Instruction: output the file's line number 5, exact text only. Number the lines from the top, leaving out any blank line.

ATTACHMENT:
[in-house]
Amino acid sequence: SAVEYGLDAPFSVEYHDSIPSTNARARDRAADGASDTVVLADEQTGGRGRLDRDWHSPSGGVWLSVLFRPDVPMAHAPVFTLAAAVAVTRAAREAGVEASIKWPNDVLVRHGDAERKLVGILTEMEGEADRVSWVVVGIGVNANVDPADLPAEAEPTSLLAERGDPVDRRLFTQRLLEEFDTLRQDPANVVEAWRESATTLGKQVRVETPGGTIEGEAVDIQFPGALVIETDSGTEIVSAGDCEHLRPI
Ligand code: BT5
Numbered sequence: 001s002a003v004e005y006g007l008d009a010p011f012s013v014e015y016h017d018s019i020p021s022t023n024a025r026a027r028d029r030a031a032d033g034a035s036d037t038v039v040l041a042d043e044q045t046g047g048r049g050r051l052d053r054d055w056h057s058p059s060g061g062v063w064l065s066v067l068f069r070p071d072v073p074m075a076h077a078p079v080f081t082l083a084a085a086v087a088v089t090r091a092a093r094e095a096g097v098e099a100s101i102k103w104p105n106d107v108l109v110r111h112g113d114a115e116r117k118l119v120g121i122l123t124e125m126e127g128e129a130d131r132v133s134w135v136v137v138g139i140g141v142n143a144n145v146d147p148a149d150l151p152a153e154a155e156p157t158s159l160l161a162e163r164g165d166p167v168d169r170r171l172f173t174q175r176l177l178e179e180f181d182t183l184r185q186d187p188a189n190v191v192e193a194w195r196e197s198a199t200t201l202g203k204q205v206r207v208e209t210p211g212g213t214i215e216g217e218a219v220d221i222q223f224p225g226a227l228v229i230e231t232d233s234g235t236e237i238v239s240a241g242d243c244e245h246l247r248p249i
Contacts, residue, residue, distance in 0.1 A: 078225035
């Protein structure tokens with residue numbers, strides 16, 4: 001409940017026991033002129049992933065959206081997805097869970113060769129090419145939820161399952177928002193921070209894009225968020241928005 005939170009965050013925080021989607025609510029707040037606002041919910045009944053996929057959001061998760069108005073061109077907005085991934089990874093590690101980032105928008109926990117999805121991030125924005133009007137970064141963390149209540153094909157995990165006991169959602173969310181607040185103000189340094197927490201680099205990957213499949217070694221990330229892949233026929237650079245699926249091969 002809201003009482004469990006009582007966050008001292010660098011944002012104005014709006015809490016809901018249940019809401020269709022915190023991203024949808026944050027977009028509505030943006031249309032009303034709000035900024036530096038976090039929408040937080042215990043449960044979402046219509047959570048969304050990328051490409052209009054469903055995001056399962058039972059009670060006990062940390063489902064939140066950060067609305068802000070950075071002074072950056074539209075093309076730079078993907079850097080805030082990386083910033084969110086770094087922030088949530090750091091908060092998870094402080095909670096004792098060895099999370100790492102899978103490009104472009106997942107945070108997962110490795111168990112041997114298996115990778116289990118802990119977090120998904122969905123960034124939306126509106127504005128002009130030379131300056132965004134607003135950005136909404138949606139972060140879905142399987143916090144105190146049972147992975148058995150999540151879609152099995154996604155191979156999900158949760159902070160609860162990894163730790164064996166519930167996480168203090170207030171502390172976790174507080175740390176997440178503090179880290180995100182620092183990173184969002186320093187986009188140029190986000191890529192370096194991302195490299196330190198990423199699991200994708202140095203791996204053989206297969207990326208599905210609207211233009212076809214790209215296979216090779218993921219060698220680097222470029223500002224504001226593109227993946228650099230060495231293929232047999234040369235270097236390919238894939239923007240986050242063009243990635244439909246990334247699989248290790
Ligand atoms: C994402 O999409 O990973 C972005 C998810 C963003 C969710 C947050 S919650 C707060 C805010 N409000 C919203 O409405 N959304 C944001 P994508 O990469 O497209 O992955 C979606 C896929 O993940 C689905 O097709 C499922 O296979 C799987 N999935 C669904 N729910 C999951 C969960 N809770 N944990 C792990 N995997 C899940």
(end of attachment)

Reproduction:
Contacts, residue, residue, distance in 0.1 A: 078225035